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Burnished vs Floated Slab (Stego)
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04-15-2014, 09:46 AM #1
eaadams Concrete Moisture Expert *****
Status: Offline Posts:591 Threads:85 Joined:Jul 2010
Just found this: http://www.us-concrete.com/aridus/DryingofLightweightConcrete.pdf

A great look at RH in slabs in unconditioned environments. Obviously a sales piece for Stego/US Concrete's Aridus but still valuable.

What is interesting is this is SO controlled that it shows something. We all know that 100% of those slabs will not fail at 80-90% RH if the CaCl is in the 4-5 range. Yet the perspective is that they will.

I think there is a LOT of 'safety margin' in manufacturer specs of 75-80%. I bet there has been very little real research by adhesive companies as to what really works and what doesn't. I've never seen a single study put out by Mapei, Bostic, Parachem, etc....

04-15-2014, 02:51 PM #2
Ernesto Concrete Moisture Expert *****
Status: Offline Posts:606 Threads:33 Joined:Sep 2009
I don't think the adhesive people want us to see their studies.

Stephen Perrera dba
Top Floor Installation Co.
http://www.tucsonazflooring.com
http://www.floorsavior.com

05-03-2014, 07:33 AM #3
CC Solutions Concrete Moisture Evangelist *******
Status: Offline Posts:1,065 Threads:69 Joined:Dec 2009
Think of this:
Many adhesives are completely waterproof. Yet they fail.

When you have a high moisture slab, you have the potential for high alkalinity at the glue bond horizon, either at installation or, and here's the kicker, sometime in the future.
Low moisture slabs have less potential for high alkalinity at that glue bond line.
Are the recommended RH rates artificially low? Of course. Manufacturers need to build some cushion in for varying testing techniques and equipment, and some extra fudge for a safety factor doesn't hurt them either, unless their competition bumps their minimums up, which we have been seeing as more field results prove performance over time.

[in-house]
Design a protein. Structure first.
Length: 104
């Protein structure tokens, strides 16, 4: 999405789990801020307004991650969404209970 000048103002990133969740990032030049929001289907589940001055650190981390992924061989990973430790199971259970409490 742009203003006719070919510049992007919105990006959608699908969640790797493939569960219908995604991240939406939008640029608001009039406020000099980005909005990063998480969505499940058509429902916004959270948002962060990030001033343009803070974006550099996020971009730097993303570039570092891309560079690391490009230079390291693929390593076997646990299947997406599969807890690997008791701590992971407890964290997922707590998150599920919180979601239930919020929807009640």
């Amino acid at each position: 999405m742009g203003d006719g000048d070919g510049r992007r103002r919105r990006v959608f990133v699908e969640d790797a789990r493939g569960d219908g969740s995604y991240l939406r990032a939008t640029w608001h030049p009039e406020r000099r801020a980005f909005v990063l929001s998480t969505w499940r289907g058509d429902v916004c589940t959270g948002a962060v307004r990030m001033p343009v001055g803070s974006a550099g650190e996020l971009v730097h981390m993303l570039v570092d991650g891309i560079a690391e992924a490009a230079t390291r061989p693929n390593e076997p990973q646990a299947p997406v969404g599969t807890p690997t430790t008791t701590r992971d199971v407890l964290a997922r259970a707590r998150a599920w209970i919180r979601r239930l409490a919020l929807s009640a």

Adhesive manufacturers are walking the line between market share and failure rate. Some are raising their minimums to 90% or even 95% RH and then putting a low pH limit in the warranty requirement. So when the adhesive fails, we're told it's because the pH is too high. Well we knew that already, but where did the high pH come from? From moisture movement, due to the high moisture content, which we verified with our RH testing!

Do those adhesive companies know that high moisture slabs have the potential for high alkalinity and a real potential for failure due to alkalinity??? Of course they do. And that's why the warranty is written the way it is. Remember warranties protect the manufacturer Wink

Be careful with those 'breakthrough' adhesives that guarantee they'll work on high moisture slabs. Wink

JD Grafton
Concrete Answers for Flooring Problems
JGrafton@ccsolves.com

05-03-2014, 08:21 AM #4
eaadams Concrete Moisture Expert *****
Status: Offline Posts:591 Threads:85 Joined:Jul 2010
Yet some very reputable people on the moisture testing front have said there are adhesives out there that can tolerate exceedingly high RH.

But your point is well taken. Tandus recently did that. They say their material has no moisture limit. But they say that there is a pH limit.

I have also begun to see some loose lay flooring getting bubbles. No adhesive but they are getting bubbles. Why? I dont know.

05-05-2014, 04:17 PM #5
Ernesto Concrete Moisture Expert *****
Status: Offline Posts:606 Threads:33 Joined:Sep 2009
Bostik Ultra_Set Single Step says only dry to touch, no limits. Nothing about alkalinity/ph.
http://www.bostik-us.com/sites/default/files/ULTRA-SET_SingleStep.pdf

http://www.bostik-us.com/market-products/flooring/hardwood#singlestep

Stephen Perrera dba
Top Floor Installation Co.
http://www.tucsonazflooring.com
http://www.floorsavior.com








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